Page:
Health advocates are ramping up pressure on the U.S. Food and Drug Administration to remove the keratin hair-straightening product Brazilian Blowout from the marketplace in light of a California legal settlement with the company that makes the product.
The manufacturers of Brazilian Blowout and Acai Professional Smoothing Solution must cease deceptive advertising practices and put caution stickers on their products advising users that the product releases formaldehyde gas, according to the settlement agreement with California Attorney General Kamala Harris’s office.
Formaldehyde is a known human carcinogen, according to the U.S. National Toxicology Program, and it can cause both acute and long-term health effects in sensitive persons, including breathing difficulties, bloody noses and nausea.
“Every day, salon workers across the U.S. are being exposed to dangerous levels of formaldehyde from hair smoothing products that have been banned for over a year in Canada and other countries,” said Alexandra Scranton of the National Healthy Nail and Beauty Salon Alliance. “It’s time for the FDA to take a stand against this company that has a history of deception and consumer disregard.”
Stylists who regularly perform Brazilian Blowout treatments are exposed to formaldehyde gas at levels well in excess of the state’s Proposition 65 warning threshold, according to the California AG’s lawsuit. The lawsuit accused Brazilian Blowout of violating several state laws by falsely marketing the products as “salon safe” and “formaldehyde free,” failing to provide accurate Material Safety Data Sheets, and selling products with volatile organic compounds in excess of allowable limits under state regulations.
Despite all of these violations, the warning requirements are the maximum penalty that could be achieved under state law.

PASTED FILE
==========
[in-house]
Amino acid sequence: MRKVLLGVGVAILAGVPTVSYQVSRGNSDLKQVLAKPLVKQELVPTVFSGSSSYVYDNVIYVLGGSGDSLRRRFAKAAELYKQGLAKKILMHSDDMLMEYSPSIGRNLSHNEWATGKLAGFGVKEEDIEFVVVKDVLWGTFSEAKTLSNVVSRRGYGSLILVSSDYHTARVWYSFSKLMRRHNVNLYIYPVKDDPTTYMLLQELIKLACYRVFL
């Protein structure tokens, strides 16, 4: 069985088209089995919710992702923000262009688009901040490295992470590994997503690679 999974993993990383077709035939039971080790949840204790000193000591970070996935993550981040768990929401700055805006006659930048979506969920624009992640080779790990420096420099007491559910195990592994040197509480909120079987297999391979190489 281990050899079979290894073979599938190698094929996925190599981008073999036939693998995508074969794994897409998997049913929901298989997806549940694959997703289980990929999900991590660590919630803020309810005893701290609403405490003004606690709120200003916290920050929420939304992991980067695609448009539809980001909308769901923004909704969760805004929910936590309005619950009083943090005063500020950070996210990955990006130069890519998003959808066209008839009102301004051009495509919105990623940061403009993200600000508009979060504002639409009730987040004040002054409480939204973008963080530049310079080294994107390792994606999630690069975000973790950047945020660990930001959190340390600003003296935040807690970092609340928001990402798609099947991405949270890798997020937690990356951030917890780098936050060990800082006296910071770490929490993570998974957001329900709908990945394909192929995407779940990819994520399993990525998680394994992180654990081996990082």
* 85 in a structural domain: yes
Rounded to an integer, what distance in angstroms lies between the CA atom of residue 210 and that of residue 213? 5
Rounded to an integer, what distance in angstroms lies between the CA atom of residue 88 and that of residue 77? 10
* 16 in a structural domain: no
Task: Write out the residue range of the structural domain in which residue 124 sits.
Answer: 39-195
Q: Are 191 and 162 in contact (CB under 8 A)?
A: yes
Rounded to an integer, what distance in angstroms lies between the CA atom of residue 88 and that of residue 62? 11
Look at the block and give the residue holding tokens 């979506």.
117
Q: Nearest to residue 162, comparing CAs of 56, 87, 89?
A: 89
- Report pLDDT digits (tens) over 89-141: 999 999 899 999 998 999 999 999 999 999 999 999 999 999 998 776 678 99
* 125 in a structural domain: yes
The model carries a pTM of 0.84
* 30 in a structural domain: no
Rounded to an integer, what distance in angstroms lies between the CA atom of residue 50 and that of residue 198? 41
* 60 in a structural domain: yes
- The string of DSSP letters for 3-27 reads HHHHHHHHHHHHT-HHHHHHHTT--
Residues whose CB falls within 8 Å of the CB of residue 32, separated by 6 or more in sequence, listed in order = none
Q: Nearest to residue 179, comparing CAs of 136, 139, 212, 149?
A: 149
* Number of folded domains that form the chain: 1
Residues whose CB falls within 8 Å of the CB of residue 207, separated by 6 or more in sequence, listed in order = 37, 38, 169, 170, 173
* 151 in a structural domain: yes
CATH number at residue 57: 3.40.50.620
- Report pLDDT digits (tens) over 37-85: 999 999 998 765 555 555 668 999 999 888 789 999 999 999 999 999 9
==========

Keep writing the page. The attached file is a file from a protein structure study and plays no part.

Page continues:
“We commend the California Attorney General’s office for accomplishing what no other government agency in the U.S. has been able to do: force Brazilian Blowout to be honest with salons about the risk of their products. We are also proud that this lawsuit was the first legal action taken by the state under the authority of the California Safe Cosmetics Act of 2005, which forces companies to publicly disclose the presence of cancer-causing chemicals in cosmetics sold in the state,” said Stacy Malkan, co-founder of the Campaign for Safe Cosmetics.
“But the legal settlement, while helpful, is not enough to protect the public. The FDA must now follow through on its threat to seize these dangerous hair-straightening products.”
In a letter dated August 11, 2011, the FDA accused Brazilian Blowout of selling products that are misbranded and contain deleterious substances, in violation of the federal Food, Drug and Cosmetics Act of 1938. Failure to correct the violations “may result in enforcement action without further notice, including, but not limited to, seizure and/or injunction,” the FDA warned.
The federal Safe Cosmetics Act, introduced into the U.S. House of Representatives in July 2011 by Reps. Jan Schakowsky (D-Ill.), Ed Markey (D-Mass.) and Tammy Baldwin (D-Wisc.) would ban chemicals known to cause cancer from cosmetics, as many other countries have already done.
“The Brazilian Blowout scandal is the perfect case study to showcase our broken regulatory system,” said Jennifer Goeres-Arce, a hair stylist in the San Diego area who contributed evidence for the state’s lawsuit against the company. “A year after other countries banned Brazilian Blowout, countless salon workers in the U.S. have been unnecessarily exposed to formaldehyde, and we are just now getting around to requiring the company to be honest about the risks of their products. It’s time to give the FDA the power and resources to protect the American public from toxic chemicals in cosmetics.”
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